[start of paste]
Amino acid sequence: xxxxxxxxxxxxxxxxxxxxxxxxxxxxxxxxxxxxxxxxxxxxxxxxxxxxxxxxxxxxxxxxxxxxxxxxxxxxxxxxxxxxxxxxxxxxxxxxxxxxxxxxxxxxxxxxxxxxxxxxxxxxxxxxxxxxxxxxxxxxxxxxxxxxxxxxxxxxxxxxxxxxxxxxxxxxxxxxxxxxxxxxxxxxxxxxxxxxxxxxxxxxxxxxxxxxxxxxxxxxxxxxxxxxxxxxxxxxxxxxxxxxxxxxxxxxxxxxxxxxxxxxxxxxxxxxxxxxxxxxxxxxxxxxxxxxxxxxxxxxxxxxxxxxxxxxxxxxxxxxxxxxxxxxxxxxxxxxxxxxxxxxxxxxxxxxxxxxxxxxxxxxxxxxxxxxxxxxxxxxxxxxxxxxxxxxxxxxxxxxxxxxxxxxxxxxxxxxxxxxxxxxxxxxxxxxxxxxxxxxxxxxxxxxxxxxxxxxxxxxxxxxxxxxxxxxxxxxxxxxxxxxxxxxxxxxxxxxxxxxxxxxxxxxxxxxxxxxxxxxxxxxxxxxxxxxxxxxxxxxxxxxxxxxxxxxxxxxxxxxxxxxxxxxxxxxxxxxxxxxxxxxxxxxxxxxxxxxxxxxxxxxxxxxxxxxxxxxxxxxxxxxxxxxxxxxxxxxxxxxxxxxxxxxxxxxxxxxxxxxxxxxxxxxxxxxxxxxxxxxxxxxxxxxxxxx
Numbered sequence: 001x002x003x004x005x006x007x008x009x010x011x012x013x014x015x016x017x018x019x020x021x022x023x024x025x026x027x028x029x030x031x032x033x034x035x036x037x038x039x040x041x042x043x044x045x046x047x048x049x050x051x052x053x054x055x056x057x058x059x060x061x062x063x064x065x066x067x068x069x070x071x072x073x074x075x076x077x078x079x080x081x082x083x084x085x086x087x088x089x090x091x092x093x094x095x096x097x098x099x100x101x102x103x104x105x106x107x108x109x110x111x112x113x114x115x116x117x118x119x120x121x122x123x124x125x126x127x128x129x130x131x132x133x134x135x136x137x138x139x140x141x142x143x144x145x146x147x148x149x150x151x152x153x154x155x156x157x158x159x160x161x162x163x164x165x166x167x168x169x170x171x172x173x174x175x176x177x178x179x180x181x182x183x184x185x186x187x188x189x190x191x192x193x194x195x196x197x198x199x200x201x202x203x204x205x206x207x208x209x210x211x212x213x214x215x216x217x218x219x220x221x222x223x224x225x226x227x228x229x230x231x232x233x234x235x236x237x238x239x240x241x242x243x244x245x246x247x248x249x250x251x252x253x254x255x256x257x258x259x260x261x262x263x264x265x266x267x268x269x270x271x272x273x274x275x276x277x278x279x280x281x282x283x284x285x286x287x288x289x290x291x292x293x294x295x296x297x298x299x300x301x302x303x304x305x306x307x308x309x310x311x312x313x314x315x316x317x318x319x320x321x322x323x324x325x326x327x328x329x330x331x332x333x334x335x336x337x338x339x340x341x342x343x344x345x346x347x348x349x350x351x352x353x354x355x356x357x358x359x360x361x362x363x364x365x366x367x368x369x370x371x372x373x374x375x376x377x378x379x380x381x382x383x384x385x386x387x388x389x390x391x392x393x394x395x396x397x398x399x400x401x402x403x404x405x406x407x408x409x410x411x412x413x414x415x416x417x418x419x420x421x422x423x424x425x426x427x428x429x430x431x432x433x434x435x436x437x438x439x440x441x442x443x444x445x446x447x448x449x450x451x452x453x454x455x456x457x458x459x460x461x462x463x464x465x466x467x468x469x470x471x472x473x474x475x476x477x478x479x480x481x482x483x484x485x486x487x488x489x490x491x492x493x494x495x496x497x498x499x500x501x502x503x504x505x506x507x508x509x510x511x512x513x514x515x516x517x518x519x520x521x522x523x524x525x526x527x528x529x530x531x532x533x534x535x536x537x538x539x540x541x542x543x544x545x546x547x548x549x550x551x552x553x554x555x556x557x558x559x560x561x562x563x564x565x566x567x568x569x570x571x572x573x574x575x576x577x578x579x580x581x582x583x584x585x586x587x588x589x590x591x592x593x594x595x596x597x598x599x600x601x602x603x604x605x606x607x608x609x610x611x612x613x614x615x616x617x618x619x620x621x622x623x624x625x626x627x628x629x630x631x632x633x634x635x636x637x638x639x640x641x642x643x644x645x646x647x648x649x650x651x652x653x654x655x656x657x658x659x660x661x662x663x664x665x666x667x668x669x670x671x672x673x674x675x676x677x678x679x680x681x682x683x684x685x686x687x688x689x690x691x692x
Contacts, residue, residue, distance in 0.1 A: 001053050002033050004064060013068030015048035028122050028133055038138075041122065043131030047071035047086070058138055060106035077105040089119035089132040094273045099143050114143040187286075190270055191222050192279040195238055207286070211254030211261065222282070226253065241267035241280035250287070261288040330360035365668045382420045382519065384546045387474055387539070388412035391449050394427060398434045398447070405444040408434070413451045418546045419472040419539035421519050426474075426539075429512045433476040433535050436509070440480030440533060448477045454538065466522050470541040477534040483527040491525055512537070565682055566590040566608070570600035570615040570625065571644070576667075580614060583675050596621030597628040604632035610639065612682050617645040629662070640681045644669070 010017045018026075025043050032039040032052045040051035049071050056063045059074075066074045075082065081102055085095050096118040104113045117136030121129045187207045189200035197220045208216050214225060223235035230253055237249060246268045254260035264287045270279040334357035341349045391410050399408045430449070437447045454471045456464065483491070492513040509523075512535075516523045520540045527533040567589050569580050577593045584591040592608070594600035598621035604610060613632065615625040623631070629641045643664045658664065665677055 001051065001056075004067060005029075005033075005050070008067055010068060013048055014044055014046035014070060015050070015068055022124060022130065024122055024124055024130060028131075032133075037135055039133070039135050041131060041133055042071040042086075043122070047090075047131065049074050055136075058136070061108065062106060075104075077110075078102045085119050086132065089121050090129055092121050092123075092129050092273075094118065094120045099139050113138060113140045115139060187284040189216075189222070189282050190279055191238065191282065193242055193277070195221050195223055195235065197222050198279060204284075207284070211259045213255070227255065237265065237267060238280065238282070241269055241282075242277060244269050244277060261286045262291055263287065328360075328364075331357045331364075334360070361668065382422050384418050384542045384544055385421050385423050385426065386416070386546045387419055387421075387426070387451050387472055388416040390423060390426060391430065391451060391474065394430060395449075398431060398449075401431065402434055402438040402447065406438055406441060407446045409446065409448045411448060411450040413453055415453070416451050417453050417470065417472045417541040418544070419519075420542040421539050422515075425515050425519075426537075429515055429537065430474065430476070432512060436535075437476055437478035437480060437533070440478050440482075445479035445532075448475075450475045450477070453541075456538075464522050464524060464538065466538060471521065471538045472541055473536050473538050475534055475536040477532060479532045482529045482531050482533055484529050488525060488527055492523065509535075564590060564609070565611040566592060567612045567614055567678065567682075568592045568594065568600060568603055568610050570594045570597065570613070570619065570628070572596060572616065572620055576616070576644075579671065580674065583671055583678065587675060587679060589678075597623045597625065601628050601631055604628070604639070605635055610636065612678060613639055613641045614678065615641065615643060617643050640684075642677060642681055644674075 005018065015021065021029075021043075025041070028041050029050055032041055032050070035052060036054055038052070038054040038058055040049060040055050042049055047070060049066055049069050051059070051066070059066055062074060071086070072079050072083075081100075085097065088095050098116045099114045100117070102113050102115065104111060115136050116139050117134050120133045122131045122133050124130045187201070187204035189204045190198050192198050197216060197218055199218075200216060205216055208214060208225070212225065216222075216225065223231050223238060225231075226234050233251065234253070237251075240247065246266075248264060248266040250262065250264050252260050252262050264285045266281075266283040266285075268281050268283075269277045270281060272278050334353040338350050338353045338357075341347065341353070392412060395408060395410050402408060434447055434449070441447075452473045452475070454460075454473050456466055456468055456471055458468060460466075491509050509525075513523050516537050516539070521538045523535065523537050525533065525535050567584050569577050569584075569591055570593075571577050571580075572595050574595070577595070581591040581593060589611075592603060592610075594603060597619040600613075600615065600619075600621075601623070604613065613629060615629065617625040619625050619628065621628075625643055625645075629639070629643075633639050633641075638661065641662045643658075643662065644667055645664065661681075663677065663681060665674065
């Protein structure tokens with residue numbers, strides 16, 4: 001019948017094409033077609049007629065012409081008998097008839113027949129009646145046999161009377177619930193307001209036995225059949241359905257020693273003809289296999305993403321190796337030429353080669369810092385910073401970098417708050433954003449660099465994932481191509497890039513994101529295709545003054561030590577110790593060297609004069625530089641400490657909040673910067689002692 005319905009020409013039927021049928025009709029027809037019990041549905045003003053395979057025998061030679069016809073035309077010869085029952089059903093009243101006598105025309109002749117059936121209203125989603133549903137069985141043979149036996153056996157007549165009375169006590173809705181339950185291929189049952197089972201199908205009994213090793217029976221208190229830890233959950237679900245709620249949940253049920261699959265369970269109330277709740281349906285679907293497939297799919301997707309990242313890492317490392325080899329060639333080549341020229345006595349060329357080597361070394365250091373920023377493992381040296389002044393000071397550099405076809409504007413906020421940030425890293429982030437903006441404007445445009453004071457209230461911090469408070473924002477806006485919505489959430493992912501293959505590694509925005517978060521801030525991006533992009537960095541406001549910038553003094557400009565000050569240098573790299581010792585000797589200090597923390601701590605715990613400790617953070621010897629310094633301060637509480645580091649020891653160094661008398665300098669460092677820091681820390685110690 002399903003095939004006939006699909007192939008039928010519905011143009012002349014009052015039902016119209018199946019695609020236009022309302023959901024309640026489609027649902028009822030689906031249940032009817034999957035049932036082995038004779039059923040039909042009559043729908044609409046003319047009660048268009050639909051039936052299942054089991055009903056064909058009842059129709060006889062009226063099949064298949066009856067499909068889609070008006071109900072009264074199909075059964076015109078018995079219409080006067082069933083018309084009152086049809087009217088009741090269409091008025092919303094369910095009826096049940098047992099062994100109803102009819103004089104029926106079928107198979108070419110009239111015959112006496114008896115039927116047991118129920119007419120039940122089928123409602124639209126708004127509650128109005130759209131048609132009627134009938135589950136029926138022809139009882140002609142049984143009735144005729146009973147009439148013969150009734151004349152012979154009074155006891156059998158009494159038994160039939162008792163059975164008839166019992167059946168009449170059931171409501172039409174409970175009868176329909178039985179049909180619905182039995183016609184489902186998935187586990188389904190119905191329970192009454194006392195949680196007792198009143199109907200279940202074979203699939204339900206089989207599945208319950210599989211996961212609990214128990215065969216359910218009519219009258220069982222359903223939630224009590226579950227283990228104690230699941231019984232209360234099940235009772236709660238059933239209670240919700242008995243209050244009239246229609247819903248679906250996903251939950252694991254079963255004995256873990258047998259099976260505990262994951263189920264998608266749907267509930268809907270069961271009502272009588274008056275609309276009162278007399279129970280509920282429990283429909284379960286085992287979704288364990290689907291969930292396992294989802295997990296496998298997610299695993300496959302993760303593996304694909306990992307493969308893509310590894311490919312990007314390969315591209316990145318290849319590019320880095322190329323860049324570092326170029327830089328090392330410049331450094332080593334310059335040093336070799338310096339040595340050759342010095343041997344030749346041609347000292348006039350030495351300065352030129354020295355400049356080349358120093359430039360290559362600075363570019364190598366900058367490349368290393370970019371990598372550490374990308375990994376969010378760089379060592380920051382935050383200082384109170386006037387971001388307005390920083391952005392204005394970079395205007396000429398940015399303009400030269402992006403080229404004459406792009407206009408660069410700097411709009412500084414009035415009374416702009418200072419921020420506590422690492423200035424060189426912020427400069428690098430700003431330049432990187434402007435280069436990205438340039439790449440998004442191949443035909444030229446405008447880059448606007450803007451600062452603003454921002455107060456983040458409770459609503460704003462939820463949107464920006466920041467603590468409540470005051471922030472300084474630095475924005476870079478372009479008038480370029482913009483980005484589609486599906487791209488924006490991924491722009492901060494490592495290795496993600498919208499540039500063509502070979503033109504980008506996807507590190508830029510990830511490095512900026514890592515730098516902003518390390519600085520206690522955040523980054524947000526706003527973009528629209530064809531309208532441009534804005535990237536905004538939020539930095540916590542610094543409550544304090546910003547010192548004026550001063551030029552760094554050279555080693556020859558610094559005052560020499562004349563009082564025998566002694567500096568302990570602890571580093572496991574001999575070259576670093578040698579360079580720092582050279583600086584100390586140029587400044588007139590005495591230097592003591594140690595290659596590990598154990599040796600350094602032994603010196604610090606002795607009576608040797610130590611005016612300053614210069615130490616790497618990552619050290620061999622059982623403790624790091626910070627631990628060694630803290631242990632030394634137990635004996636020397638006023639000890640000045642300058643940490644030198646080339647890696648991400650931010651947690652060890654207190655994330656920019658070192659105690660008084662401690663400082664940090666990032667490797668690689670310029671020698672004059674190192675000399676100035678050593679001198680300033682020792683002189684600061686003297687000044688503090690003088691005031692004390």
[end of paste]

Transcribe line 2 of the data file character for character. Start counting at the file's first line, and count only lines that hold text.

Numbered sequence: 001x002x003x004x005x006x007x008x009x010x011x012x013x014x015x016x017x018x019x020x021x022x023x024x025x026x027x028x029x030x031x032x033x034x035x036x037x038x039x040x041x042x043x044x045x046x047x048x049x050x051x052x053x054x055x056x057x058x059x060x061x062x063x064x065x066x067x068x069x070x071x072x073x074x075x076x077x078x079x080x081x082x083x084x085x086x087x088x089x090x091x092x093x094x095x096x097x098x099x100x101x102x103x104x105x106x107x108x109x110x111x112x113x114x115x116x117x118x119x120x121x122x123x124x125x126x127x128x129x130x131x132x133x134x135x136x137x138x139x140x141x142x143x144x145x146x147x148x149x150x151x152x153x154x155x156x157x158x159x160x161x162x163x164x165x166x167x168x169x170x171x172x173x174x175x176x177x178x179x180x181x182x183x184x185x186x187x188x189x190x191x192x193x194x195x196x197x198x199x200x201x202x203x204x205x206x207x208x209x210x211x212x213x214x215x216x217x218x219x220x221x222x223x224x225x226x227x228x229x230x231x232x233x234x235x236x237x238x239x240x241x242x243x244x245x246x247x248x249x250x251x252x253x254x255x256x257x258x259x260x261x262x263x264x265x266x267x268x269x270x271x272x273x274x275x276x277x278x279x280x281x282x283x284x285x286x287x288x289x290x291x292x293x294x295x296x297x298x299x300x301x302x303x304x305x306x307x308x309x310x311x312x313x314x315x316x317x318x319x320x321x322x323x324x325x326x327x328x329x330x331x332x333x334x335x336x337x338x339x340x341x342x343x344x345x346x347x348x349x350x351x352x353x354x355x356x357x358x359x360x361x362x363x364x365x366x367x368x369x370x371x372x373x374x375x376x377x378x379x380x381x382x383x384x385x386x387x388x389x390x391x392x393x394x395x396x397x398x399x400x401x402x403x404x405x406x407x408x409x410x411x412x413x414x415x416x417x418x419x420x421x422x423x424x425x426x427x428x429x430x431x432x433x434x435x436x437x438x439x440x441x442x443x444x445x446x447x448x449x450x451x452x453x454x455x456x457x458x459x460x461x462x463x464x465x466x467x468x469x470x471x472x473x474x475x476x477x478x479x480x481x482x483x484x485x486x487x488x489x490x491x492x493x494x495x496x497x498x499x500x501x502x503x504x505x506x507x508x509x510x511x512x513x514x515x516x517x518x519x520x521x522x523x524x525x526x527x528x529x530x531x532x533x534x535x536x537x538x539x540x541x542x543x544x545x546x547x548x549x550x551x552x553x554x555x556x557x558x559x560x561x562x563x564x565x566x567x568x569x570x571x572x573x574x575x576x577x578x579x580x581x582x583x584x585x586x587x588x589x590x591x592x593x594x595x596x597x598x599x600x601x602x603x604x605x606x607x608x609x610x611x612x613x614x615x616x617x618x619x620x621x622x623x624x625x626x627x628x629x630x631x632x633x634x635x636x637x638x639x640x641x642x643x644x645x646x647x648x649x650x651x652x653x654x655x656x657x658x659x660x661x662x663x664x665x666x667x668x669x670x671x672x673x674x675x676x677x678x679x680x681x682x683x684x685x686x687x688x689x690x691x692x